United States President Joe Biden met with Afghan leaders Ashraf Ghani and Abdullah Abdullah at the White House on Friday to demonstrate a continuing US commitment to Afghanistan as US troops withdraw.
“The partnership between Afghanistan and the United States is not ending,” Biden said in an Oval Office meeting with Ghani and Abdullah.
“It is going to be sustained, and you know, our troops are going to be leaving, but our support for Afghanistan is not ending,” Biden said.
The bulk of about 4,000 US soldiers now in Afghanistan will be moved out in the next two weeks, and the US expects to remove American and coalition commanders by July 4, ahead of schedule, according to The Associated Press.
In brief remarks in front of media at the top of the meeting, Biden praised Ghani and Abdullah for their “difficult jobs” and their efforts to “bring about unity among Afghan leaders across the board”.
“The Afghans are gonna have to decide their future, what they want. And it won’t be for a lack of us being help,” Biden said.
Ghani offered thanks to American troops and their families for sacrifices in the Afghanistan over the past 20 years but suggested the war-torn country now stands on the precipice of civil war.
“It is a choice of values, the values of an inclusionary system or exclusionary,” Ghani said, adding that Afghan government forces were pushing back Taliban fighters from contested areas.
“We’re determined to have unity, coherence, a national sense of sacrifice and will not spare anything,” Ghani said.
“You will see that with determination, with unity, and with the partnership, we will overcome all odds.”
Ghani and Abdullah had met earlier on Friday with House of Representatives Speaker Nancy Pelosi, Secretary of Defense Lloyd Austin and officials of the CIA to discuss the hand-off from US forces and future contingency plans.
“We’re very encouraged and satisfied that this partnership is taking place,” Ghani said at the White House.
Amid heightened security, Ghani was scheduled to give remarks at a media conference in Washington, DC, after the White House meeting with Biden.
Biden had set a formal deadline for the withdrawal of US and foreign forces from Afghanistan by September 11, the 20th anniversary of the US invasion following the al-Qaeda attacks on New York and Washington, DC.
About 650 US soldiers will remain in Afghanistan to provide security for the US and international diplomats in Kabul after the main American military contingent completes its withdrawal, US officials told the AP.
Taliban spokesman Suhail Shaheen has told Al Jazeera in an exclusive interview that the armed group has the “right to react” if the US keeps troops in Afghanistan after September 11, when the withdrawal is due to complete.
“If they stay here, then I think it is a kind of continuation of the occupation. They have violated and we fully have the right to react,” Shaheen said.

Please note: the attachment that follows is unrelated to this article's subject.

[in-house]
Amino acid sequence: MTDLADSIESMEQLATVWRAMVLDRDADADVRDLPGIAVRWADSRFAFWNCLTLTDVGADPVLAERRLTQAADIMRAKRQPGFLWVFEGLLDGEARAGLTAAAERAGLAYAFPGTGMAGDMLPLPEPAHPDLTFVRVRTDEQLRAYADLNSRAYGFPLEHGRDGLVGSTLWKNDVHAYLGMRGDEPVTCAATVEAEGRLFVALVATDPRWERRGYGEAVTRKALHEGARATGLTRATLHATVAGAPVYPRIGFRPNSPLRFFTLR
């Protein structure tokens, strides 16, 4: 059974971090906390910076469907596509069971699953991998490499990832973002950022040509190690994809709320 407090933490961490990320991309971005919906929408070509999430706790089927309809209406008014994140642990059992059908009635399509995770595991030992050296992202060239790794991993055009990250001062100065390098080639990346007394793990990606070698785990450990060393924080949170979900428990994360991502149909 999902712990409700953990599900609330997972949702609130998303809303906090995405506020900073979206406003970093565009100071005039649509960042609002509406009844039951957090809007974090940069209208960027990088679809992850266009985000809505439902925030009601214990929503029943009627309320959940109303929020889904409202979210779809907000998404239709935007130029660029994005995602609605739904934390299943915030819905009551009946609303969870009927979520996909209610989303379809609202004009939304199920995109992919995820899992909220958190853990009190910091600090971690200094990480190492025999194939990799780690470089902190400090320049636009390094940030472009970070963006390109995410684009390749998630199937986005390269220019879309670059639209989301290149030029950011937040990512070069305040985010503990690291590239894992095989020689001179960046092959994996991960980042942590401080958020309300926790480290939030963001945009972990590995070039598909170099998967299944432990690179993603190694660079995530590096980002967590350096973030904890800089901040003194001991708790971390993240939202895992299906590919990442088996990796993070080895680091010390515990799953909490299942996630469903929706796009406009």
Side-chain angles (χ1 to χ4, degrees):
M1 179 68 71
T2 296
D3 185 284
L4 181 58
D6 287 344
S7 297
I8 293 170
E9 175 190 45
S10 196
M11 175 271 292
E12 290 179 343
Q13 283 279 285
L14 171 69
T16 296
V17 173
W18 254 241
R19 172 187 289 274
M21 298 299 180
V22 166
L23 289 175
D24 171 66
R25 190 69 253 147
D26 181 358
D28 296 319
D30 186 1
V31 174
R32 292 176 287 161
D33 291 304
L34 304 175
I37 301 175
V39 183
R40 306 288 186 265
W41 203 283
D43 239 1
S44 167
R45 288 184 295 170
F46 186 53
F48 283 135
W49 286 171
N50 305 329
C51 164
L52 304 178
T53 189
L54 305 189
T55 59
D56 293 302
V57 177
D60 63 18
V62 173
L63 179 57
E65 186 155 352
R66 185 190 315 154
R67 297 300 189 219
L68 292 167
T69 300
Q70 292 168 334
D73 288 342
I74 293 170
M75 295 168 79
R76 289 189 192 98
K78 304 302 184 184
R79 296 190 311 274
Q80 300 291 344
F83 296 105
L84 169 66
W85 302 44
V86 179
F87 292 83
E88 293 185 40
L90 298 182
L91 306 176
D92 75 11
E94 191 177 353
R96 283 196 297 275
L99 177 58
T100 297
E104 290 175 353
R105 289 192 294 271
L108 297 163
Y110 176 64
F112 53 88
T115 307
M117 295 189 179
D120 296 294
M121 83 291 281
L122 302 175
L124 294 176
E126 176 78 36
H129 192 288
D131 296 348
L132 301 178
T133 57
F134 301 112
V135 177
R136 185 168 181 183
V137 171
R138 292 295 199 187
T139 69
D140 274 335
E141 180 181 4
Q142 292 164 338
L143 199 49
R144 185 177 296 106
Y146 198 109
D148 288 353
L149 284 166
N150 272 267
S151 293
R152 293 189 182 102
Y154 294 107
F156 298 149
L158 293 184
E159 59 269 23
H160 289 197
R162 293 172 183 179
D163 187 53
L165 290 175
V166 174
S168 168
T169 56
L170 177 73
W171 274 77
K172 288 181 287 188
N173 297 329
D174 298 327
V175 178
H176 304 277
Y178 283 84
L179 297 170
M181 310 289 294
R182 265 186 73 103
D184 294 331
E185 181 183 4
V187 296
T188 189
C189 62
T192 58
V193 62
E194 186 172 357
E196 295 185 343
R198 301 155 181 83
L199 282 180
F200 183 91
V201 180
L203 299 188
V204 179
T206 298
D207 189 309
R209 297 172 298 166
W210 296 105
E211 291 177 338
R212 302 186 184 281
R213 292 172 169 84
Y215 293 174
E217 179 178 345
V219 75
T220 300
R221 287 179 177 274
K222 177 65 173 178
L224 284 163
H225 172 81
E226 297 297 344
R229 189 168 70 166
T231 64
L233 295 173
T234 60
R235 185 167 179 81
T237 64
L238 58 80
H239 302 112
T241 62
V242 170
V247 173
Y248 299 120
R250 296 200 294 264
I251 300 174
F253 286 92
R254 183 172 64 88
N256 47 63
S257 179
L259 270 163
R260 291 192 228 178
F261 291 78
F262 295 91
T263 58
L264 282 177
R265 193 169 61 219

Several hundred additional US troops will remain at the Kabul airport, potentially until September, to assist Turkish troops providing security there in what the US officials described as a temporary move until a more formal Turkey-led security operation is in place.
Turkey has 500 soldiers in Afghanistan already as part of the NATO deployment and they will be reassigned to protect the airport, Turkey’s defence minister has said.
Biden and Turkey President Recep Tayyip Erdogan had discussed the airport security arrangement when the two met in Brussels on the sideline of the NATO summit earlier in June.
Biden holds a “fundamental belief” that “after 20 years, it’s time to bring our troops home”, White House Press Secretary Jen Psaki said on Friday in advance of the meeting.
“We are doing that in an orderly and timely fashion,” Psaki told reporters at the White House.
Fighting between Afghan government forces and the Taliban has increased in recent weeks as the Taliban intensified attacks on Afghan security forces and police raising prospects of a renewed civil war.
Since May, fighters affiliated with the armed group have taken over swaths of territory surrounding provincial capitals. The Taliban advances have raised alarms at the UN and among top US officials.
Secretary of State Antony Blinken, meeting his French counterpart in Paris on Friday, said the Taliban’s attacks are not in keeping with the framework for peace negotiations the US had agreed with the armed group.
“We’re looking very carefully at the situation on the ground in Afghanistan,” Blinken told reporters at a media conference in Paris.
“We’re also looking very hard at whether the Taliban is at all serious about a peaceful resolution of the conflict,” Blinken said.
“We continue to be engaged on the diplomacy but actions that would try to take the country by force are of course totally inconsistent with finding a peaceful resolution,” he said.
As the withdrawal nears conclusion, the Biden administration is preparing to evacuate potentially thousands of Afghan translators, drivers and aides who worked for the US.
“We have identified a group … who have served as interpreters and translators – as well as other at-risk categories – who have assisted us. They will be relocated to a location outside of Afghanistan before we complete our military drawdown by September,” Psaki said on Friday.